Sacrifice Zone

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Gonzalez, too, is an Espiritista. He prays to his "guardians" every week, he says, and they don't need permission to visit behind bars.

"When you become a santero, you have to have one," he says of the spiritual guides. "In this case, I have Ochun. She's like a guardian angel. The spirit is different. Santeria deals mostly in the material. The spirits deal mostly with the soul.

"I have my spirits guiding me," Gonzalez continues. "There was a guy here a few years ago -- he was this black guy, not involved in the religion, and he told me that he saw something by my cell door. A male and a female. He described them perfectly to me, and he had never seen them. Some people can see and other people can't. It's a gift from God. Not everybody has it."

And not everyone listens. "My spirits don't feel good seeing me here in prison," Gonzalez admits. "They advised me not to do some things, but I didn't listen. I have learned a lesson the hard way."

Alexis Aguila has been a santero for thirty years and has owned Botanica Ochun, just south of downtown, for fifteen. He offers spiritual consultations -- about $70,000 worth a year.

"You can curse someone, but those curses don't go anywhere," he says. "It only works if you're into satanism or if you see a palero or someone like that, then you can do some bad things." A palero is a person who works with the darker forces of Santeria.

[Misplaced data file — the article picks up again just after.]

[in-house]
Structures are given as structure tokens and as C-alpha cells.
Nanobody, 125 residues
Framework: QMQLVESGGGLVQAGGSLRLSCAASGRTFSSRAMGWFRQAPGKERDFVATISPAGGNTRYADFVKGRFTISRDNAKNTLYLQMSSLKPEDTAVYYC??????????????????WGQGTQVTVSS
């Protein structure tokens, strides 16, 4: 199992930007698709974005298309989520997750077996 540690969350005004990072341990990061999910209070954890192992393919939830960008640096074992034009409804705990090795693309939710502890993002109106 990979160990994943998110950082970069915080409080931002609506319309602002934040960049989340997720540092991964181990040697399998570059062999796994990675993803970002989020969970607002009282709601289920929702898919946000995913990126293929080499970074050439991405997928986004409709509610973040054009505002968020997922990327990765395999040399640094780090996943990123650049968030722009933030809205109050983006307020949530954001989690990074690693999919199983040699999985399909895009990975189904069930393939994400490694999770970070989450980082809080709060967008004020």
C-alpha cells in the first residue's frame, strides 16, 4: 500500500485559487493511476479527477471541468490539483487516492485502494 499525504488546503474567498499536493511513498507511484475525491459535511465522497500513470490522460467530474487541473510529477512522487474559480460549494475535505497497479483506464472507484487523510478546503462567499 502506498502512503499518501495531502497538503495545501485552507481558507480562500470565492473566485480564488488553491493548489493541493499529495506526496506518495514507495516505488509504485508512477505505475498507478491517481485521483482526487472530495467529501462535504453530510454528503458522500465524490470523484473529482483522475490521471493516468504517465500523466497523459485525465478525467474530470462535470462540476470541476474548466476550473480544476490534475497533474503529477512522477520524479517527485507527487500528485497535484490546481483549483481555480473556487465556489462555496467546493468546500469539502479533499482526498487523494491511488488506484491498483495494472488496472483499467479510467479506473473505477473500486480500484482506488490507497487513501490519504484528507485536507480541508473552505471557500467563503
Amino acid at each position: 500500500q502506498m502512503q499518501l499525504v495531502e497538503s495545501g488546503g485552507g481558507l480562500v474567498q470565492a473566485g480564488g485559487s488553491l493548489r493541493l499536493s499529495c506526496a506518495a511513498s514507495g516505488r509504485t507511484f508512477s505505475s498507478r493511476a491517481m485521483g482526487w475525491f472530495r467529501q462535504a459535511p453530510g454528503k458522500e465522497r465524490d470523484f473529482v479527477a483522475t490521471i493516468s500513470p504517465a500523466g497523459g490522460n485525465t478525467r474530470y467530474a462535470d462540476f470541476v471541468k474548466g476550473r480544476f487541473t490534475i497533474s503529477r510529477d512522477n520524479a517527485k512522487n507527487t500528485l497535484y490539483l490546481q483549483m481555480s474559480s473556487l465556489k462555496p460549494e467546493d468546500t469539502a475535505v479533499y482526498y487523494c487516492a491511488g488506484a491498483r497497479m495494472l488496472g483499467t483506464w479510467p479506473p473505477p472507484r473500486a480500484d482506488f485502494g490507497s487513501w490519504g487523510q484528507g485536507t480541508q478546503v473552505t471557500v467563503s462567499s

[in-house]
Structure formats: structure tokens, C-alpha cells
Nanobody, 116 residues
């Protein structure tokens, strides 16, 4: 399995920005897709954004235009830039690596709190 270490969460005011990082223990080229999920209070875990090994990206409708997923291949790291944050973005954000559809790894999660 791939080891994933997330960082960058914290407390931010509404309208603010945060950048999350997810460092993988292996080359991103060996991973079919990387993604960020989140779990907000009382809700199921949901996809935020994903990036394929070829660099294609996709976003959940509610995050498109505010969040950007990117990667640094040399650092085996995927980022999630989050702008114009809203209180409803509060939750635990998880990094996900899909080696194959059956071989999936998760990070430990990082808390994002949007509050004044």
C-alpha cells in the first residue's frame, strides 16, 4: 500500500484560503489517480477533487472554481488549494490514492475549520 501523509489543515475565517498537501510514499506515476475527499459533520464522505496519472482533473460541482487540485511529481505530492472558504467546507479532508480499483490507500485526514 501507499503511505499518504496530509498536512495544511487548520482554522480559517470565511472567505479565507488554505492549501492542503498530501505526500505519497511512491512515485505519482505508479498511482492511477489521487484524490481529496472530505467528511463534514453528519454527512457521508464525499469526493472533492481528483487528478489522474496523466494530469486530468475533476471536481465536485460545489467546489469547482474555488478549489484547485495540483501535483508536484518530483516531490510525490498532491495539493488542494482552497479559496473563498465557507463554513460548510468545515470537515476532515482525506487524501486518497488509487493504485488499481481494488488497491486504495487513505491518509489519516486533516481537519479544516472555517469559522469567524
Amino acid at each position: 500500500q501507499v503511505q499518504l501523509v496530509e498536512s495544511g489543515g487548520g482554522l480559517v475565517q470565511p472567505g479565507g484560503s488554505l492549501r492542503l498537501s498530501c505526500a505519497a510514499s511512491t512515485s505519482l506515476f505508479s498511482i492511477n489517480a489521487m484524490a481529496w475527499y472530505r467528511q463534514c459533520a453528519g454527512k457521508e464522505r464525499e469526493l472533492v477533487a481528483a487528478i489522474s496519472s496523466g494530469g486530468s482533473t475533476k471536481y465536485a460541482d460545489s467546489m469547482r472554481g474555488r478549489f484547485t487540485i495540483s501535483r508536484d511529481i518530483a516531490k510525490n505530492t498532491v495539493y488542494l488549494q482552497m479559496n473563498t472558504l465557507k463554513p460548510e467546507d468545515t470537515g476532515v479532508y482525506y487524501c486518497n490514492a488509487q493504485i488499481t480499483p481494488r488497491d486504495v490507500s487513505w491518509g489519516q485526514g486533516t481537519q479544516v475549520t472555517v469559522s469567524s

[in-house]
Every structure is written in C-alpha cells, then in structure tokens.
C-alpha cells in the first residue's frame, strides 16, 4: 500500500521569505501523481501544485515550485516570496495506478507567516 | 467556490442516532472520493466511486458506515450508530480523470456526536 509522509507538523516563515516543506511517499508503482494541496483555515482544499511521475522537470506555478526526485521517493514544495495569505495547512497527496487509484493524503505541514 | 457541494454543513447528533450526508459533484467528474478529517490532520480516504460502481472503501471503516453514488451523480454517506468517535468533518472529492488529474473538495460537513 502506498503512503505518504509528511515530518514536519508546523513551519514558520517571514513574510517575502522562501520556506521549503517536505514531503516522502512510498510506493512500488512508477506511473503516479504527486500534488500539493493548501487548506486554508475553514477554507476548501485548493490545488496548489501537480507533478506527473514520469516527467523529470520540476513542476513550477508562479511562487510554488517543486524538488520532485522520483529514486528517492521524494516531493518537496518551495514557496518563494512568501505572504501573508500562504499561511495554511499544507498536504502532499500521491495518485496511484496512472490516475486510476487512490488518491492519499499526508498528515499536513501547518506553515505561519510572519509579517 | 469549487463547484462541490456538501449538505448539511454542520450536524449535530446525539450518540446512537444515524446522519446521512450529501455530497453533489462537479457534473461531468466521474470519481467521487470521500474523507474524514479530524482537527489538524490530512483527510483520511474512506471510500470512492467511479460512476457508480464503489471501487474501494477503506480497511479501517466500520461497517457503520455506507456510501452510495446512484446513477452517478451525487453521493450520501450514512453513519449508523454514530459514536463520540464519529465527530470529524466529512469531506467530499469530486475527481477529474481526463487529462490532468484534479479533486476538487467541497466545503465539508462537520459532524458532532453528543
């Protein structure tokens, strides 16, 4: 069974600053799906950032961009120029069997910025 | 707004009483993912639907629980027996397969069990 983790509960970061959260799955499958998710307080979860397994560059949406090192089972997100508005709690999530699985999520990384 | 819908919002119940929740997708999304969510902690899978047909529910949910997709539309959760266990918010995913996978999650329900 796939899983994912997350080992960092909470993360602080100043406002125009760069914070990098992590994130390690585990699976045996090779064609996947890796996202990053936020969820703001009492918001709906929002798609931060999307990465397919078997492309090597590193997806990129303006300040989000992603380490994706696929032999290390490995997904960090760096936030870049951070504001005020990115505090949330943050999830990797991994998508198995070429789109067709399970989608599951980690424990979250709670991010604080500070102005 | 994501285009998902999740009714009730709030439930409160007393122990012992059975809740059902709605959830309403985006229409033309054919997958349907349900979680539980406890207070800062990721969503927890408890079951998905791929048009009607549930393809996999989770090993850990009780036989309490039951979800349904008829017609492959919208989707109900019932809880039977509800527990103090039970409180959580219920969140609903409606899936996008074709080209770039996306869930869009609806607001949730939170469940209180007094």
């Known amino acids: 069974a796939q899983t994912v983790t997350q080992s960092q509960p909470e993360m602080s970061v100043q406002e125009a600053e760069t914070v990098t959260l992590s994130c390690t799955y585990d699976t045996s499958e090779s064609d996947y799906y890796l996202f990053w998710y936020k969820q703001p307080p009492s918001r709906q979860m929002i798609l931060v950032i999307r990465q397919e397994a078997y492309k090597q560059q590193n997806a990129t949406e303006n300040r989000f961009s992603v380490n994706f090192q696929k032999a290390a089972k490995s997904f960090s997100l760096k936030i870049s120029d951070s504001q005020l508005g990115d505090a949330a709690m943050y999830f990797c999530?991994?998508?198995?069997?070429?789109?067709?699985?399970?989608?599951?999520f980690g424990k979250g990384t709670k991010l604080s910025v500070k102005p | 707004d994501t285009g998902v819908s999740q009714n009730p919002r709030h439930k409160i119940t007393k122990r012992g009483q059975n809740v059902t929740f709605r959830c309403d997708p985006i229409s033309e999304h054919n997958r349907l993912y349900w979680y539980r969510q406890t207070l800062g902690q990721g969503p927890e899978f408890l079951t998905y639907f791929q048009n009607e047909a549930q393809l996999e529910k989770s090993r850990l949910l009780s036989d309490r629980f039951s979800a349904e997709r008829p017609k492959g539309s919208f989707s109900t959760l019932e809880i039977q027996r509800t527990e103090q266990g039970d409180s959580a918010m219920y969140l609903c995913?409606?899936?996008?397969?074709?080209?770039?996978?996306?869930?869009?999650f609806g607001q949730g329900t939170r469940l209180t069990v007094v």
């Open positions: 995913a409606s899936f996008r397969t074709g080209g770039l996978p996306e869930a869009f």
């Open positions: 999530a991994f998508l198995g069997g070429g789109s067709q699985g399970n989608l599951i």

"Witchcraft is very mental," Aguila continues. "The mental state of someone makes the curse or spell come true. For example, someone might tell you that such and such has placed a spell on you. And then some people may come here and will say that another adviser has told them that such and such placed a curse on them. But I will use the caracoles to tell them that they don't have a curse on them. I can very easily charge them a lot of money to remove that alleged curse, but I won't do that. There's nothing wrong with them. It's all in their head."

He excuses himself to greet a woman carrying a small, sickly child in her arms. He directs her to the back of his shop. "There are some things the religion can control, but other things that it cannot control," Aguila says as he steps out of sight.

During their morning session with the chaplains, Ramirez and Garcia talk about everything from saints to curses. "If you want somebody to die, somebody to disappear, you go see a palero," Ramirez says. "There are no paleros here." But he leaves no doubt that if one were needed, he could find one.

Kennedy, who has been consulting the training manual he brought with him, has another question. At his prison, santeros are demanding to wear white and only white for one year. "Can they wear something else?" he asks.

Even non-reformist Garcia is willing to bend here. He tells Kennedy that the santeros can wear white for several hours, then change into their inmate uniforms.

According to DU professor Raschke, the secretiveness of Santeria has caused many of its followers problems; because of its emphasis on sacrifices, Santeria is often confused with demonic religions and black magic. But the more people learn about Santeria, the more it's recognized as a legitimate religion.

"It is growing because people want to know what it is," Garcia says. "They think it's witchcraft, but it's not. "That's why they're here, to learn about it," he adds, pointing at the chaplains.

As the session ends, Ramirez hands out business calendars and cards to the class, the first of three BOP groups that will pass through his store this year. Santeria is a religion, but for him, it's also a business.

A chaplain has one last question. Does Ramirez accept government credit cards?

Ramirez smiles. "Oh, yes."

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Steve Alvarez

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